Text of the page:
Kub’s Den: Elastic beef
Everyone got a little thrill, I assume, the first time they drove past a gas station and saw the first number of the price per gallon was a two, rather than a three. For me, my joy was increased by the fact that I had just won a bet: a friend of mine had put a steak dinner on the line, thinking gas would never go under $3.00 again. Ha!
Most of the truly great steak dinners I’ve had were the result of similar bets because I can’t bring myself to drop $30 or more on an entree for just any old reason. I see the porcini-dusted beef tenderloin (grilled with wild mushroom and heirloom potato saute and drizzled with marsala syrup) at the restaurant I’ve picked out for this payoff is listed on the menu at $37. I’d say my friend is getting off easy; I was going to demand Kobe beef.
My point is that such food items are a luxury, which is a little weird to think about, considering that I was recently out checking my parents’ crop of fall calves. They are anything but “elitist” creatures, with their big brown eyes and simple tastes for grass, milk and sunshine-coated hills.
That a steak is a luxury is also not an idea that beef producers want at the forefront of consumers’ consciousness right now, as we could be entering a long and painful recession, or even just a short, breath-taking one. They want beef to be on even footing with chicken, pork, Cheerios and anything else a shopper could go to the grocery store to pick up — even if that consumer is shopping with an unemployment check or trying to figure out how to save up and pay for their child’s college education after losing half their intended savings in the stock market.
But is beef on even footing? Is pork? Is soda pop (another product, like beef and pork, which is derived from corn)?
As it happens, no. If the only two words we had to describe goods, even dietary requirements like carbohydrates and proteins, were “necessity” and “luxury,” then beef is decidedly more “luxurious” than staple grains like rice and wheat. Half of the world’s population eats rice daily, and without it, they would starve. They will eat rice regardless of price, although obviously governments do what they can to keep rice affordable. When they don’t, riots occur (witness Egypt and the Philippines earlier this year). Those same consumers would only buy beef if they have disposable income, which they did in growing numbers during the past years of economic expansion.
In an example from the U.S., someone struggling to stay solvent will gladly buy a 10-cent pack of ramen noodles or box of macaroni and cheese. Ask him to spring $3 for a pound of ground beef, however, and his wallet may close back up.
There is an economic measurement, the coefficient of elasticity, which demonstrates this phenomenon mathematically. Regular Kub’s Den readers may already be familiar with this. Basically, elasticity is equal to the percent change in quantity demanded, divided by the percent change in price. It indicates how sensitive demand is to price fluctuations. Something perfectly elastic would have an infinitely large coefficient, meaning that any increase in price would negate all demand. Something perfectly inelastic would have a coefficient equal to zero, meaning that no matter how the price went up, the quantity demanded would never change. Neither is realistic. However, here are some examples of various goods and their elasticities:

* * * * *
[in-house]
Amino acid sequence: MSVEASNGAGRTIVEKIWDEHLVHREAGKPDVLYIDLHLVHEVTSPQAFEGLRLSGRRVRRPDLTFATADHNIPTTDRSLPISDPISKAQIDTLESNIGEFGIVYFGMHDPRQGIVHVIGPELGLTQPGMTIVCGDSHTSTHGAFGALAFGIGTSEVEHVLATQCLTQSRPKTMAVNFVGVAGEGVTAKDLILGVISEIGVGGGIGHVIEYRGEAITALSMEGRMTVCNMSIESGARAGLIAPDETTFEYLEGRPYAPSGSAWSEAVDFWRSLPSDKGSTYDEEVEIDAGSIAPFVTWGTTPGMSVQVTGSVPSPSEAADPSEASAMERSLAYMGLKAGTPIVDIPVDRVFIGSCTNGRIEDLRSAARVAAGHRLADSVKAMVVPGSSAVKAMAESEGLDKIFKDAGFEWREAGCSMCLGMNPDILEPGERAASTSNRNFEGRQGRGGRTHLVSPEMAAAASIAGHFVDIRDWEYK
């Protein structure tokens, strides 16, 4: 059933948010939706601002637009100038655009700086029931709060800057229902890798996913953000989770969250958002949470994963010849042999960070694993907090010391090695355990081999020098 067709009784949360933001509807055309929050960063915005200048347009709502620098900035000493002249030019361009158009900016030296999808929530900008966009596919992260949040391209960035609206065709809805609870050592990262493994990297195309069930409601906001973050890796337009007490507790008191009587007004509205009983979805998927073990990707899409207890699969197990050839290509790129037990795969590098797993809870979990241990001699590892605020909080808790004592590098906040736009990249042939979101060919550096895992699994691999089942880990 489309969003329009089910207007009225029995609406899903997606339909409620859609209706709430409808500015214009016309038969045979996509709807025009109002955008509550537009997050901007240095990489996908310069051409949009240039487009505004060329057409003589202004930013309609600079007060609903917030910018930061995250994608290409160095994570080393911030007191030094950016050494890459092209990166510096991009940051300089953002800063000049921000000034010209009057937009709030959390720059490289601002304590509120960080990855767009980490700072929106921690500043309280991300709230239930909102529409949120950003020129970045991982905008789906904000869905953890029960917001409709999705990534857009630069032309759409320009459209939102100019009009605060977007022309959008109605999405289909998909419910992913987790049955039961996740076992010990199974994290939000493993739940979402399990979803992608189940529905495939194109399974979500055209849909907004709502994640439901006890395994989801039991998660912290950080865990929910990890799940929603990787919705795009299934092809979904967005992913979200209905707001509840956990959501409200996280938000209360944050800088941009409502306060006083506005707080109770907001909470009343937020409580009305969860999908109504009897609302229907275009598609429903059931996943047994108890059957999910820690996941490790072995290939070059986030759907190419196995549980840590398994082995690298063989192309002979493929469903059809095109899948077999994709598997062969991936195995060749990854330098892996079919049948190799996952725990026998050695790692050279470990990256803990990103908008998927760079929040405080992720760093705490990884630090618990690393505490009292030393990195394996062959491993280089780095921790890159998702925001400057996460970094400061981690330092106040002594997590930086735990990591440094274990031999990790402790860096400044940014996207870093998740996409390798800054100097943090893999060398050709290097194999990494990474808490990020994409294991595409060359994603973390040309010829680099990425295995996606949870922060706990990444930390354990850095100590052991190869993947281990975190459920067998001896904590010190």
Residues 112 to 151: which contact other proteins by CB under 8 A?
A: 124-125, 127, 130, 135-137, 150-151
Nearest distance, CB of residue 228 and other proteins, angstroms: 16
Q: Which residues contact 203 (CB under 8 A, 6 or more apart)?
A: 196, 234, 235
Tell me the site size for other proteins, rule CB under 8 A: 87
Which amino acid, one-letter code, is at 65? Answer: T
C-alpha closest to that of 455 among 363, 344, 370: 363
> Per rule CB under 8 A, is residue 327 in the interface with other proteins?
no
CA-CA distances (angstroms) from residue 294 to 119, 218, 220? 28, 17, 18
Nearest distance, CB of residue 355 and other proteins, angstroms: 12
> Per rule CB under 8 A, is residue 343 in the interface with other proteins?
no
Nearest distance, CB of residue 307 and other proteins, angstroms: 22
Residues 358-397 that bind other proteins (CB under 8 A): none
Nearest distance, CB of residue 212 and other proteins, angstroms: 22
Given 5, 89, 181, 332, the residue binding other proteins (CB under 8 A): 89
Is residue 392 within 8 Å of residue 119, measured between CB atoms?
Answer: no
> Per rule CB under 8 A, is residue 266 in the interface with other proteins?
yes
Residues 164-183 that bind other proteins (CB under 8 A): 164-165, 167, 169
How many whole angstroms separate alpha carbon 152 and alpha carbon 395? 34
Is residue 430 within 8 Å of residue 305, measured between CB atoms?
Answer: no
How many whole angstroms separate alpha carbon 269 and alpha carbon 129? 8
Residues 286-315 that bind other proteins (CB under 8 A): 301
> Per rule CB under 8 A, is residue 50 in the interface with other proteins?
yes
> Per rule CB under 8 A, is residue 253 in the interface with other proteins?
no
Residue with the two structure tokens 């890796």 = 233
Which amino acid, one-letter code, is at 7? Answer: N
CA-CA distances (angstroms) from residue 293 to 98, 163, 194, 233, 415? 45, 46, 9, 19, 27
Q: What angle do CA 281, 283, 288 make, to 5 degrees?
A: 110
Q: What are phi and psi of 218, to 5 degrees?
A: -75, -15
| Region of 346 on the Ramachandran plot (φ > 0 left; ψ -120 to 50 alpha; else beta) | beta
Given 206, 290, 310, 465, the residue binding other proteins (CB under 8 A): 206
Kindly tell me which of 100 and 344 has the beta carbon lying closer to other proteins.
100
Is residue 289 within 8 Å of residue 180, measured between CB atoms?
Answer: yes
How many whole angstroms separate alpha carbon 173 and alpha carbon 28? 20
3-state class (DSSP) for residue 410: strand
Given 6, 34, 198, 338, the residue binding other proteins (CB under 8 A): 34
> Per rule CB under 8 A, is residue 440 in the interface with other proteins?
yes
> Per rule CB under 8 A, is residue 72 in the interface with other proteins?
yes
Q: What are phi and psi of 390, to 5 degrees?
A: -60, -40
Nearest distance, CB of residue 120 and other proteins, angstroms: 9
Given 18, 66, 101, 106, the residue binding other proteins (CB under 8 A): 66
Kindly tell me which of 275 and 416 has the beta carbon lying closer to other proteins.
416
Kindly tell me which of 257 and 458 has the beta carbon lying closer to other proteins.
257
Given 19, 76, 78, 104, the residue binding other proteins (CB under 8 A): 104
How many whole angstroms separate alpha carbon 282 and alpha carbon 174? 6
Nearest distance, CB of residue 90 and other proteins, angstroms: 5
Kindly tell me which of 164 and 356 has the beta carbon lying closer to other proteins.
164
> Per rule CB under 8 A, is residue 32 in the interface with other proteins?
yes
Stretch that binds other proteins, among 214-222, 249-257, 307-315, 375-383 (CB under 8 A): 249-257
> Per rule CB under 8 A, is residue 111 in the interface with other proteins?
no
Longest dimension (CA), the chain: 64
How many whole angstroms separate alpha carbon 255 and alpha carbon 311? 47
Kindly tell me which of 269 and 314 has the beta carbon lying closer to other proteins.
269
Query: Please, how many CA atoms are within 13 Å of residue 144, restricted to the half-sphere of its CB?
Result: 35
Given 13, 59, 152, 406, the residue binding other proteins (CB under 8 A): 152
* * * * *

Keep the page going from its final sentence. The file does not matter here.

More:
Rice = 0.1 to 0.2 (it’s basically a must-have)
Wheat = 0.3 to 0.5
Pork = 0.2 to 0.3 (a common source of protein in the developing world)
Corn = 0.3 to 0.7
Beef = 0.5 to 0.8 (depending on the cut)
Soybeans = 0.7 to 0.9
Gasoline = 0.5 to 1.5
Medical insurance = about 2 (People are willing to gamble and do without if it costs too much.)
Those numbers were pulled from an assortment of different Internet sources, so they may be out-of-date or slightly off in comparison to each other. But the fact remains that consumers will be relatively more willing to forego steak than cereal in the event of a recession. Anticipation of that has already been showing up on the cash markets for livestock. Prices for lean hogs have dropped about six percent over the past week, but since livestock traders believe pork demand holds up better in a recession than beef demand does (consistent with the coefficients), some values have dropped even more dramatically in the beef cutout market.
I’m not saying that consumers should cut back on their beef consumption when economic times get tough, or that it is necessarily fair for them to do so. The beef industry would be quick to point out all the wonderful lean cuts of lean beef that, pound for pound, offer superior nutrition (protein, B12, iron, etc.) when compared to other meats (or tofu). But that may or may not be in grocery shoppers’ consciousness right now, and it’s possible they’ll revert to old patterns of cutting back on beef when their incomes get stretched. It’s a factor we should keep in mind.
Whenever an item’s demand changes at about the same rate as its price, i.e. its coefficient of elasticity is about 1.0, that product is considered a luxury. So by that standard, beef is not exactly a luxury, but my porcini-dusted tenderloin probably is.
elaine kub can be reached at firstname.lastname@example.org
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